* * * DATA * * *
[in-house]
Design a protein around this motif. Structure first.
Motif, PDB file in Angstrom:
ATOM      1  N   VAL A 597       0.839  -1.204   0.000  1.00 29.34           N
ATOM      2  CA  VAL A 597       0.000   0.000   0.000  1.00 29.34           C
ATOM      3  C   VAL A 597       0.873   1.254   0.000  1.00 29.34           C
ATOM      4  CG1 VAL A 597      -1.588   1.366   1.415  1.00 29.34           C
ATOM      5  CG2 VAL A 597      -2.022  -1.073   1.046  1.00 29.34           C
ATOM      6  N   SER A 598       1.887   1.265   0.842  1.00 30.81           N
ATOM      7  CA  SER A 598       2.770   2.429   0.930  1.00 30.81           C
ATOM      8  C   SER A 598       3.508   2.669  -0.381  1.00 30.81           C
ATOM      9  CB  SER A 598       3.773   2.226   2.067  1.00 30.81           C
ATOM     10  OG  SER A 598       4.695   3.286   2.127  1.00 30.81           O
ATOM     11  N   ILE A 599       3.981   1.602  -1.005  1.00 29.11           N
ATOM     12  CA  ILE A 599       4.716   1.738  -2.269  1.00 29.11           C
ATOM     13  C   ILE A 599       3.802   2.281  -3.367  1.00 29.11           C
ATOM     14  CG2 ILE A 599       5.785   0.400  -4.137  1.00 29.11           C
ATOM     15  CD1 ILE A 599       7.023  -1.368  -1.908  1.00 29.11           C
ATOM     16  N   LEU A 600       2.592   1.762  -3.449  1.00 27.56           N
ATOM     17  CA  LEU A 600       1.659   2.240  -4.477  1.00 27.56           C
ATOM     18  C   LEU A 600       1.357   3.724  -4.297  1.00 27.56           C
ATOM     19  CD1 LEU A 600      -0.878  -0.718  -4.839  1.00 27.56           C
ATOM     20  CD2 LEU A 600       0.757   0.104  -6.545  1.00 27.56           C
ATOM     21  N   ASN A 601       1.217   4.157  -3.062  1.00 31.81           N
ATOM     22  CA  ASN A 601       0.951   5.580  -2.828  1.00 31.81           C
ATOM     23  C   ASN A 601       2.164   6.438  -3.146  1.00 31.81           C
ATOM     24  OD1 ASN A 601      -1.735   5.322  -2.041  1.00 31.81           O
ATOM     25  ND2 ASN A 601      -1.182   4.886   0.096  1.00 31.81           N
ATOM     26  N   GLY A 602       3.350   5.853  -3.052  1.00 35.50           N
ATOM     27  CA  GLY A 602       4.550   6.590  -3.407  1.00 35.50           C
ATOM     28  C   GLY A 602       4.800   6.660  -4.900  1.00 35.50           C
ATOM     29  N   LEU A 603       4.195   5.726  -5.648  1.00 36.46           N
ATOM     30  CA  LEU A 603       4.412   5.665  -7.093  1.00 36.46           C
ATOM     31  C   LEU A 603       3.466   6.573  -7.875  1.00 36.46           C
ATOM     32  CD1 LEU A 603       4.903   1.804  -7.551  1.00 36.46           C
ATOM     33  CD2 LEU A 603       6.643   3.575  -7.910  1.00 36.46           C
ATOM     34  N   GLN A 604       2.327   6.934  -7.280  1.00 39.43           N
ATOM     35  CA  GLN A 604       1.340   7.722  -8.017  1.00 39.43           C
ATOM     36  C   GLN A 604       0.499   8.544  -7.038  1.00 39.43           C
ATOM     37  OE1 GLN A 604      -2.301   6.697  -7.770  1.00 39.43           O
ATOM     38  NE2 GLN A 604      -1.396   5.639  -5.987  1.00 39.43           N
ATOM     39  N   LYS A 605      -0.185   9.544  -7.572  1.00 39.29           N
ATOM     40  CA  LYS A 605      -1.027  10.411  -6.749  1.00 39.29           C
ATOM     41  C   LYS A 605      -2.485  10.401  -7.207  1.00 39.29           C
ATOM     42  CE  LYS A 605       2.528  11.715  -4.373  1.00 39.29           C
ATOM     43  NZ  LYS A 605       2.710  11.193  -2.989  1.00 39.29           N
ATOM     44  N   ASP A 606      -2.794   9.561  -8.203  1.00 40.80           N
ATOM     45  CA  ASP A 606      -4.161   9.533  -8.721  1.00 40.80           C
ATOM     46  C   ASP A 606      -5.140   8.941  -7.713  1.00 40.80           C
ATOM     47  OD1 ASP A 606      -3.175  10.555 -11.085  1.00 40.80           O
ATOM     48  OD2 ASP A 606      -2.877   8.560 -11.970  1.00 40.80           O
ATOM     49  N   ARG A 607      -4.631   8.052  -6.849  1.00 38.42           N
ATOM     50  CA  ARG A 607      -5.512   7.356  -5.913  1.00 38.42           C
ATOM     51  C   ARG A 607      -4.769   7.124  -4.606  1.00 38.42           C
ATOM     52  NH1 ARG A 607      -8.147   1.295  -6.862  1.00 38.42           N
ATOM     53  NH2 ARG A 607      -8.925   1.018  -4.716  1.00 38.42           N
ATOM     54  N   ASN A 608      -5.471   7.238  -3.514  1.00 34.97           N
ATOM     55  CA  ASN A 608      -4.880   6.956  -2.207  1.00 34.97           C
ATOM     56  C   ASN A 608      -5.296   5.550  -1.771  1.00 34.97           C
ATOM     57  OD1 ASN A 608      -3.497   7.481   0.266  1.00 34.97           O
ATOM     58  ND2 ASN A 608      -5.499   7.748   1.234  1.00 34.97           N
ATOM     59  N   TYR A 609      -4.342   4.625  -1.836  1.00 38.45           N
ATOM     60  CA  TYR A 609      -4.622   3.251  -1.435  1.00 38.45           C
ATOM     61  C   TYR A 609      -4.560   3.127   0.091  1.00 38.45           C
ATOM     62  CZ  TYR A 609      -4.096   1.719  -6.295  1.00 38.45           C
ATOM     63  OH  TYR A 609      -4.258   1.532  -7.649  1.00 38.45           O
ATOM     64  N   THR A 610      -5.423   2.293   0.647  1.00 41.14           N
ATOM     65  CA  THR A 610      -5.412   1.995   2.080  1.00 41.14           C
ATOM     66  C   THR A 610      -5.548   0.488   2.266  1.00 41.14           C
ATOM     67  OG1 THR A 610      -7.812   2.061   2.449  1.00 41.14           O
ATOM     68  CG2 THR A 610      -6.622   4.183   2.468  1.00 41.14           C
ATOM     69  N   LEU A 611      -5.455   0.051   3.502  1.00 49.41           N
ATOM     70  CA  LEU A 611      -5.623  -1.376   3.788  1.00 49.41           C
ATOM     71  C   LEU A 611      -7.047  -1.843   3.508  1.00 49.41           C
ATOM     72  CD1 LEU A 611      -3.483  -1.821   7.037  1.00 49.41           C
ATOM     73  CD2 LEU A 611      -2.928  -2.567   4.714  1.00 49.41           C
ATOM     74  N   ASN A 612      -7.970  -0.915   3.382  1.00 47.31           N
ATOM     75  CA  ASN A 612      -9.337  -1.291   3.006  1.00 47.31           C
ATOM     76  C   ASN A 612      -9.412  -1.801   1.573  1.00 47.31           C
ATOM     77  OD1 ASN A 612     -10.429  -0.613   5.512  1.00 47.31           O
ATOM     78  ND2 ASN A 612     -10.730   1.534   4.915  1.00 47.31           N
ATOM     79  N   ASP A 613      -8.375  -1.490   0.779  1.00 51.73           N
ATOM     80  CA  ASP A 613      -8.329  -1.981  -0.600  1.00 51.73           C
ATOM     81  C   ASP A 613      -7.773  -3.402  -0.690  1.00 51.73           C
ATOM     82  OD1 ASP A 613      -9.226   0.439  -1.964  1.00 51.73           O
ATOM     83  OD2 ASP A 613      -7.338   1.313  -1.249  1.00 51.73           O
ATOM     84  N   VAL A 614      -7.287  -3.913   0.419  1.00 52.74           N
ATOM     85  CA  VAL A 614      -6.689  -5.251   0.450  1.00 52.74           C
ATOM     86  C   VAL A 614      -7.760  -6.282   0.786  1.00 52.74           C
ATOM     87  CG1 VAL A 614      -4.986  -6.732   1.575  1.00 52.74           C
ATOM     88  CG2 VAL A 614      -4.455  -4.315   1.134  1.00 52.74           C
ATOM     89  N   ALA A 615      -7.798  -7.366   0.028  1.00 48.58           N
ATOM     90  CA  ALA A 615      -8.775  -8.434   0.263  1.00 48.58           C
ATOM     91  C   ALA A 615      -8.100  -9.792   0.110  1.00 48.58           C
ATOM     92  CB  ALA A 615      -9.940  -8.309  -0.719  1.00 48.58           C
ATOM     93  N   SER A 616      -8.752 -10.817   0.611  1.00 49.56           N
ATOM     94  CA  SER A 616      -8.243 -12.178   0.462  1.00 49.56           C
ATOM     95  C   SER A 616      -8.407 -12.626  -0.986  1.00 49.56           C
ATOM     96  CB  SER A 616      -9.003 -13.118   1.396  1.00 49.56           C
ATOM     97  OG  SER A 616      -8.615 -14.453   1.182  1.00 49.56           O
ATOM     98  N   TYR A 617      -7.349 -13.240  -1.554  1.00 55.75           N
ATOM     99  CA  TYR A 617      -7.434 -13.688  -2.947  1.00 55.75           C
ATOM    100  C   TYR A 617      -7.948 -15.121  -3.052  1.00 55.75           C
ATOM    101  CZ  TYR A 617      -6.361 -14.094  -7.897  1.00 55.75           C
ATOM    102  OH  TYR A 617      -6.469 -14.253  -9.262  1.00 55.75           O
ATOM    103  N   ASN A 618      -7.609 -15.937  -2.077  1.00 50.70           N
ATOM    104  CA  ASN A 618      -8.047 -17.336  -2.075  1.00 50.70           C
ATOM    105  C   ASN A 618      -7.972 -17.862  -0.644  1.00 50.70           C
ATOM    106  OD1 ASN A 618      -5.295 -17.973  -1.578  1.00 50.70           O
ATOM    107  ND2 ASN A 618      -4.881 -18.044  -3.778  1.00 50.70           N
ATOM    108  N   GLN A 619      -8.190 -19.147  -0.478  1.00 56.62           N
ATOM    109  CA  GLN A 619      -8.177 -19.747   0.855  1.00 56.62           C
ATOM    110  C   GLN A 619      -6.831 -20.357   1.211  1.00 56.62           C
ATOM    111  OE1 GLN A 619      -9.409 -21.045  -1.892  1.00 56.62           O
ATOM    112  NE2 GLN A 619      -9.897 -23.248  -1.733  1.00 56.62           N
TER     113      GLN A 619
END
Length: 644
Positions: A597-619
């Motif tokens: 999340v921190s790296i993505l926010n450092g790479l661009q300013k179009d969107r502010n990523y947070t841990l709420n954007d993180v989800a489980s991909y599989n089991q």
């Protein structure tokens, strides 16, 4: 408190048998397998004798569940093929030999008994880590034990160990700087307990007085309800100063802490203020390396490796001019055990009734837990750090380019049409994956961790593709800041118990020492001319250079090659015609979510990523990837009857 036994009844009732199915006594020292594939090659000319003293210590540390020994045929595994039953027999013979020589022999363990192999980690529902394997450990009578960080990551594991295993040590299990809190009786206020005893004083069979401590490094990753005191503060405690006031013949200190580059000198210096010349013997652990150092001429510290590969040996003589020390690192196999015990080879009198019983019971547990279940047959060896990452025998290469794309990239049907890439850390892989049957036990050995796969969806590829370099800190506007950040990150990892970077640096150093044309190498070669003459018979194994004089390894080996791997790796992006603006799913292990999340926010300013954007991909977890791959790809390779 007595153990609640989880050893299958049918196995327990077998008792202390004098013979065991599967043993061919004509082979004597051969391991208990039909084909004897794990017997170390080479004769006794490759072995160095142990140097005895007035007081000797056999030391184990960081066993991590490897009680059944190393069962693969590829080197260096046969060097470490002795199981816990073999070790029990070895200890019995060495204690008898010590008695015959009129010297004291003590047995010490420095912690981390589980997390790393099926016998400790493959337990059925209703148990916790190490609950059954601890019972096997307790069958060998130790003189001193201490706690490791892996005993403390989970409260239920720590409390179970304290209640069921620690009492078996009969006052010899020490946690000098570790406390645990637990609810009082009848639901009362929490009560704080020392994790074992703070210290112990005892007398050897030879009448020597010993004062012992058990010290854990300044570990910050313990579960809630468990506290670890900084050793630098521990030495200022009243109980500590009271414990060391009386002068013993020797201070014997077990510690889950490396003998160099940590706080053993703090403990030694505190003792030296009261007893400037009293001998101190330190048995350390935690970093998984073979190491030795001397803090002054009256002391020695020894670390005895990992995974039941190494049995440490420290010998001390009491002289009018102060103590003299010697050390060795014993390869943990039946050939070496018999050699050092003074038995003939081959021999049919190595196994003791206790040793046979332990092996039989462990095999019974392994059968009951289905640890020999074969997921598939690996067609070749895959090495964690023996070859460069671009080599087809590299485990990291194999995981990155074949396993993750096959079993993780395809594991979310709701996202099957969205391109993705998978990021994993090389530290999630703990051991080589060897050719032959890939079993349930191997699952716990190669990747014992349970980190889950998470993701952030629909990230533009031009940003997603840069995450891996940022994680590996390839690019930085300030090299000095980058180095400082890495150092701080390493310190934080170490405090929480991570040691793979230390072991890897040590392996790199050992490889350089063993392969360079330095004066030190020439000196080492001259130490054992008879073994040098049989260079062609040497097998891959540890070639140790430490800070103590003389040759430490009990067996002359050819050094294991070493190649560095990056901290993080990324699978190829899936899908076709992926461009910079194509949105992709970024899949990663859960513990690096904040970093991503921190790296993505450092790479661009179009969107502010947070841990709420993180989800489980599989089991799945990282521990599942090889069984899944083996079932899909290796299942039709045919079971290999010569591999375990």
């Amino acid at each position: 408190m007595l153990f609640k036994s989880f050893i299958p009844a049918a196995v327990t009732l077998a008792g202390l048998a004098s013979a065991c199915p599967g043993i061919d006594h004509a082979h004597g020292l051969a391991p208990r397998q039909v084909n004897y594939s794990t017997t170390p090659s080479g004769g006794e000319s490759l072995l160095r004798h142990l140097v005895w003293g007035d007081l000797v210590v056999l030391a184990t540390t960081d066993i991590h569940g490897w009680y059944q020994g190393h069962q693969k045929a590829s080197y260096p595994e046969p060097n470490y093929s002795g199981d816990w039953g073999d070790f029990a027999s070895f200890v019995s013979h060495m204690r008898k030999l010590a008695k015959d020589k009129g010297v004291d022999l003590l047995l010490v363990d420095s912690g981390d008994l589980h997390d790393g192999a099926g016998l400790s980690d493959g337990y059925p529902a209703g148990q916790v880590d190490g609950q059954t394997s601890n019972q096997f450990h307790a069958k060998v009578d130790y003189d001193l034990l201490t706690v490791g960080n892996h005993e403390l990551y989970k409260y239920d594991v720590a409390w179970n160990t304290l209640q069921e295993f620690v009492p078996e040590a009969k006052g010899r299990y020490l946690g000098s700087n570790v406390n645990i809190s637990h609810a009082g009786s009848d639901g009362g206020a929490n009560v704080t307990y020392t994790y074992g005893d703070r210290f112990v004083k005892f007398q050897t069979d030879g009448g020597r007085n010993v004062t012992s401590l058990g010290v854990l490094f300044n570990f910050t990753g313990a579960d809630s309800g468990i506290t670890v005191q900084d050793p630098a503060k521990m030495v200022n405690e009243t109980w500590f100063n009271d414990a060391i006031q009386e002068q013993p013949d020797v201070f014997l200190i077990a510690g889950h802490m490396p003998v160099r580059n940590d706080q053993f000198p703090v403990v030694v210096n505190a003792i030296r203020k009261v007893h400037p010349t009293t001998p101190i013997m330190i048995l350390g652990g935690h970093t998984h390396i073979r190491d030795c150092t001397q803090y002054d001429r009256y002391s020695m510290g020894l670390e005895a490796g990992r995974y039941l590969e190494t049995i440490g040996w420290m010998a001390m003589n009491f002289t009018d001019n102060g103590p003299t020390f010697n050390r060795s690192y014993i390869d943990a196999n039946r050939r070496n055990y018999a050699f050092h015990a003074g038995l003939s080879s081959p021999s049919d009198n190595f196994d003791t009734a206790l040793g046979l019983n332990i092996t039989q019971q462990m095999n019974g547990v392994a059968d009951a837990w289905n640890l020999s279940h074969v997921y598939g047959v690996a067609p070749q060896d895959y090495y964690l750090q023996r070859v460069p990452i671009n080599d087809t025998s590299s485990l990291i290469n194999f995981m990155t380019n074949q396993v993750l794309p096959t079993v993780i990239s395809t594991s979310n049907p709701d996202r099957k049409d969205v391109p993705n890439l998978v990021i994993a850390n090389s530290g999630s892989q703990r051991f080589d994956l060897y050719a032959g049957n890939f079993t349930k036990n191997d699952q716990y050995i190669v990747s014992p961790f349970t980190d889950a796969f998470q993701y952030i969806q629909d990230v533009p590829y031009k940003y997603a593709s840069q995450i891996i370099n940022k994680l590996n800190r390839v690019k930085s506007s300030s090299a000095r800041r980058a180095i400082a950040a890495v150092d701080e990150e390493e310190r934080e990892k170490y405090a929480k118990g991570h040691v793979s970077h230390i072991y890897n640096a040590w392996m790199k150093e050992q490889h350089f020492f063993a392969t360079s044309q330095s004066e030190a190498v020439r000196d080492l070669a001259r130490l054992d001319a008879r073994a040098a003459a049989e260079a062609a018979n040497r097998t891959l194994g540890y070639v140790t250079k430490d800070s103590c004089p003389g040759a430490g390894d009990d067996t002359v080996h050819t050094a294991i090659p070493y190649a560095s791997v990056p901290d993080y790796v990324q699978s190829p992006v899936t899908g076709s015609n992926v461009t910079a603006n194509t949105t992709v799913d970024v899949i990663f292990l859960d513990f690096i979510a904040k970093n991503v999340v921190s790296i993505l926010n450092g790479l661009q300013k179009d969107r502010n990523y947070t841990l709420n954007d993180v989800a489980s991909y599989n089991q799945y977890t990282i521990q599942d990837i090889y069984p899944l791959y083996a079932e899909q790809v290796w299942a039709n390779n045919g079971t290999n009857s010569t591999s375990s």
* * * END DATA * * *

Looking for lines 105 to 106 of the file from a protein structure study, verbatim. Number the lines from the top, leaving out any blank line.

ATOM    102  OH  TYR A 617      -6.469 -14.253  -9.262  1.00 55.75           O
ATOM    103  N   ASN A 618      -7.609 -15.937  -2.077  1.00 50.70           N